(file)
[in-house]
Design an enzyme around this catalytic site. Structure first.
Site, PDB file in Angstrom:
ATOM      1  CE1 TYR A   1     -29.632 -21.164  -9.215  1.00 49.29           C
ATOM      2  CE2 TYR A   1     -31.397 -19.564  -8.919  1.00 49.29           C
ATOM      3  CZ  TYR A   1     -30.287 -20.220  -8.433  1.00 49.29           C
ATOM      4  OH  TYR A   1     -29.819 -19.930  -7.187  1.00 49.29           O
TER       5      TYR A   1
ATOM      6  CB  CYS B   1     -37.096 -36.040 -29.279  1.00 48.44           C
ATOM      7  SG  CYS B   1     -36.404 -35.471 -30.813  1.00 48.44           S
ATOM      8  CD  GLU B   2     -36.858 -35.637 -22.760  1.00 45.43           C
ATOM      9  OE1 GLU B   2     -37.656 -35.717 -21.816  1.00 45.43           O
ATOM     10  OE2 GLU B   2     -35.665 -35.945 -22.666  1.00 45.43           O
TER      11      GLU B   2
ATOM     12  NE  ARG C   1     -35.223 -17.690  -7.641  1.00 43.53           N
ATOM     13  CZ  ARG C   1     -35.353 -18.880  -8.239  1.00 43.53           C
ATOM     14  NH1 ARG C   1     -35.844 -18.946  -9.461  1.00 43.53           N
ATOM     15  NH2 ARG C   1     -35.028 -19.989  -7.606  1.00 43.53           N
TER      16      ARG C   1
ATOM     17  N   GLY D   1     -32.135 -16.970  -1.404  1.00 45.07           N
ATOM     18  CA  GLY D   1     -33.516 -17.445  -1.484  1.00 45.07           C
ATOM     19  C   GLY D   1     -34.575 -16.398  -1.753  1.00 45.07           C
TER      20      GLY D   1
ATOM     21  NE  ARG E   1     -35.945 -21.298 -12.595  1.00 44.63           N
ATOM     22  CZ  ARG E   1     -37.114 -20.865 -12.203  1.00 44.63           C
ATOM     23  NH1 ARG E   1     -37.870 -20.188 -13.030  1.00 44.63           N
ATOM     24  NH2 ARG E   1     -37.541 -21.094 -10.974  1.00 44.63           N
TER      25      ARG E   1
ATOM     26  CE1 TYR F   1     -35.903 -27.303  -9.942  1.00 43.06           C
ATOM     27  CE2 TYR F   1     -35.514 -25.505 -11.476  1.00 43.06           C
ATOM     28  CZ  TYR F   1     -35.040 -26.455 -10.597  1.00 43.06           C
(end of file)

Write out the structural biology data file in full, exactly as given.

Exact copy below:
[in-house]
Design an enzyme around this catalytic site. Structure first.
Site, PDB file in Angstrom:
ATOM      1  CE1 TYR A   1     -29.632 -21.164  -9.215  1.00 49.29           C
ATOM      2  CE2 TYR A   1     -31.397 -19.564  -8.919  1.00 49.29           C
ATOM      3  CZ  TYR A   1     -30.287 -20.220  -8.433  1.00 49.29           C
ATOM      4  OH  TYR A   1     -29.819 -19.930  -7.187  1.00 49.29           O
TER       5      TYR A   1
ATOM      6  CB  CYS B   1     -37.096 -36.040 -29.279  1.00 48.44           C
ATOM      7  SG  CYS B   1     -36.404 -35.471 -30.813  1.00 48.44           S
ATOM      8  CD  GLU B   2     -36.858 -35.637 -22.760  1.00 45.43           C
ATOM      9  OE1 GLU B   2     -37.656 -35.717 -21.816  1.00 45.43           O
ATOM     10  OE2 GLU B   2     -35.665 -35.945 -22.666  1.00 45.43           O
TER      11      GLU B   2
ATOM     12  NE  ARG C   1     -35.223 -17.690  -7.641  1.00 43.53           N
ATOM     13  CZ  ARG C   1     -35.353 -18.880  -8.239  1.00 43.53           C
ATOM     14  NH1 ARG C   1     -35.844 -18.946  -9.461  1.00 43.53           N
ATOM     15  NH2 ARG C   1     -35.028 -19.989  -7.606  1.00 43.53           N
TER      16      ARG C   1
ATOM     17  N   GLY D   1     -32.135 -16.970  -1.404  1.00 45.07           N
ATOM     18  CA  GLY D   1     -33.516 -17.445  -1.484  1.00 45.07           C
ATOM     19  C   GLY D   1     -34.575 -16.398  -1.753  1.00 45.07           C
TER      20      GLY D   1
ATOM     21  NE  ARG E   1     -35.945 -21.298 -12.595  1.00 44.63           N
ATOM     22  CZ  ARG E   1     -37.114 -20.865 -12.203  1.00 44.63           C
ATOM     23  NH1 ARG E   1     -37.870 -20.188 -13.030  1.00 44.63           N
ATOM     24  NH2 ARG E   1     -37.541 -21.094 -10.974  1.00 44.63           N
TER      25      ARG E   1
ATOM     26  CE1 TYR F   1     -35.903 -27.303  -9.942  1.00 43.06           C
ATOM     27  CE2 TYR F   1     -35.514 -25.505 -11.476  1.00 43.06           C
ATOM     28  CZ  TYR F   1     -35.040 -26.455 -10.597  1.00 43.06           C